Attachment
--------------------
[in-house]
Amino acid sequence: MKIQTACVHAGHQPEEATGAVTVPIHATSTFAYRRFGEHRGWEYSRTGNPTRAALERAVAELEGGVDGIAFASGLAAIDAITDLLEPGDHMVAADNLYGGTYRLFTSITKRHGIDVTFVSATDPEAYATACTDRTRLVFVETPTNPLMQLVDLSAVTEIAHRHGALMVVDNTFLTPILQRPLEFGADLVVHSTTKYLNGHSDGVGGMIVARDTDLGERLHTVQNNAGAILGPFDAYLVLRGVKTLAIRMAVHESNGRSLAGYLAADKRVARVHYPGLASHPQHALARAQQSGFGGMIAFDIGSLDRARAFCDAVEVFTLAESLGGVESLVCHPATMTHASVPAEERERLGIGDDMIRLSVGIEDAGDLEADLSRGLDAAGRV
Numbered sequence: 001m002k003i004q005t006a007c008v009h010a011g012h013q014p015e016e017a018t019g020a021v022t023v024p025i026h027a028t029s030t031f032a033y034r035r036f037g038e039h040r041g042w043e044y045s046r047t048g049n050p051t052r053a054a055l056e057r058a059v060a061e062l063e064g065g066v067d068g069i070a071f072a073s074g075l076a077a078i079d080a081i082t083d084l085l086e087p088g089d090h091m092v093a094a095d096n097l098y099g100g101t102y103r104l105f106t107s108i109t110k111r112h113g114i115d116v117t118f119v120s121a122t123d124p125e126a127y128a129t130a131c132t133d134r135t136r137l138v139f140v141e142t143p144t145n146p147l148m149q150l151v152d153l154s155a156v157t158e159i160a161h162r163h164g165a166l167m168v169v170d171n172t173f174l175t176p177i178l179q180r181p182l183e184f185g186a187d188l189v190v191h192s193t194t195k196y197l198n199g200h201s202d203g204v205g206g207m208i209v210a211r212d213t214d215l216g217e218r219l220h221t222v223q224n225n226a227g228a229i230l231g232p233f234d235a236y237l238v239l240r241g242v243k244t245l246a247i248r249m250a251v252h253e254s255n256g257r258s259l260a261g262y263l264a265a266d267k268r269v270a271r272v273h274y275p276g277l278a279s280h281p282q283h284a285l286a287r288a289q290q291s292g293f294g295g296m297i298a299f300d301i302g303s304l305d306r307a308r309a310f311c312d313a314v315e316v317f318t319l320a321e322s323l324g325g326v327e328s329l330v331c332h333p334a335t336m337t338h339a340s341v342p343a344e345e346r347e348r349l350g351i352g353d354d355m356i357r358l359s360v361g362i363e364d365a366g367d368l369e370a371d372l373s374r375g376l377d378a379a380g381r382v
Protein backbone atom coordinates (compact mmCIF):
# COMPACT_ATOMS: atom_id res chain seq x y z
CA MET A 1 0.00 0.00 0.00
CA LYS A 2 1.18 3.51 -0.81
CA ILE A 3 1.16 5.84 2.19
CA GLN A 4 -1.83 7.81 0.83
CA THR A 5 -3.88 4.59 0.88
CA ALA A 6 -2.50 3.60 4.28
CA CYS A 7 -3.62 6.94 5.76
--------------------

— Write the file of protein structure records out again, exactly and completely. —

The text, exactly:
[in-house]
Amino acid sequence: MKIQTACVHAGHQPEEATGAVTVPIHATSTFAYRRFGEHRGWEYSRTGNPTRAALERAVAELEGGVDGIAFASGLAAIDAITDLLEPGDHMVAADNLYGGTYRLFTSITKRHGIDVTFVSATDPEAYATACTDRTRLVFVETPTNPLMQLVDLSAVTEIAHRHGALMVVDNTFLTPILQRPLEFGADLVVHSTTKYLNGHSDGVGGMIVARDTDLGERLHTVQNNAGAILGPFDAYLVLRGVKTLAIRMAVHESNGRSLAGYLAADKRVARVHYPGLASHPQHALARAQQSGFGGMIAFDIGSLDRARAFCDAVEVFTLAESLGGVESLVCHPATMTHASVPAEERERLGIGDDMIRLSVGIEDAGDLEADLSRGLDAAGRV
Numbered sequence: 001m002k003i004q005t006a007c008v009h010a011g012h013q014p015e016e017a018t019g020a021v022t023v024p025i026h027a028t029s030t031f032a033y034r035r036f037g038e039h040r041g042w043e044y045s046r047t048g049n050p051t052r053a054a055l056e057r058a059v060a061e062l063e064g065g066v067d068g069i070a071f072a073s074g075l076a077a078i079d080a081i082t083d084l085l086e087p088g089d090h091m092v093a094a095d096n097l098y099g100g101t102y103r104l105f106t107s108i109t110k111r112h113g114i115d116v117t118f119v120s121a122t123d124p125e126a127y128a129t130a131c132t133d134r135t136r137l138v139f140v141e142t143p144t145n146p147l148m149q150l151v152d153l154s155a156v157t158e159i160a161h162r163h164g165a166l167m168v169v170d171n172t173f174l175t176p177i178l179q180r181p182l183e184f185g186a187d188l189v190v191h192s193t194t195k196y197l198n199g200h201s202d203g204v205g206g207m208i209v210a211r212d213t214d215l216g217e218r219l220h221t222v223q224n225n226a227g228a229i230l231g232p233f234d235a236y237l238v239l240r241g242v243k244t245l246a247i248r249m250a251v252h253e254s255n256g257r258s259l260a261g262y263l264a265a266d267k268r269v270a271r272v273h274y275p276g277l278a279s280h281p282q283h284a285l286a287r288a289q290q291s292g293f294g295g296m297i298a299f300d301i302g303s304l305d306r307a308r309a310f311c312d313a314v315e316v317f318t319l320a321e322s323l324g325g326v327e328s329l330v331c332h333p334a335t336m337t338h339a340s341v342p343a344e345e346r347e348r349l350g351i352g353d354d355m356i357r358l359s360v361g362i363e364d365a366g367d368l369e370a371d372l373s374r375g376l377d378a379a380g381r382v
Protein backbone atom coordinates (compact mmCIF):
# COMPACT_ATOMS: atom_id res chain seq x y z
CA MET A 1 0.00 0.00 0.00
CA LYS A 2 1.18 3.51 -0.81
CA ILE A 3 1.16 5.84 2.19
CA GLN A 4 -1.83 7.81 0.83
CA THR A 5 -3.88 4.59 0.88
CA ALA A 6 -2.50 3.60 4.28
CA CYS A 7 -3.62 6.94 5.76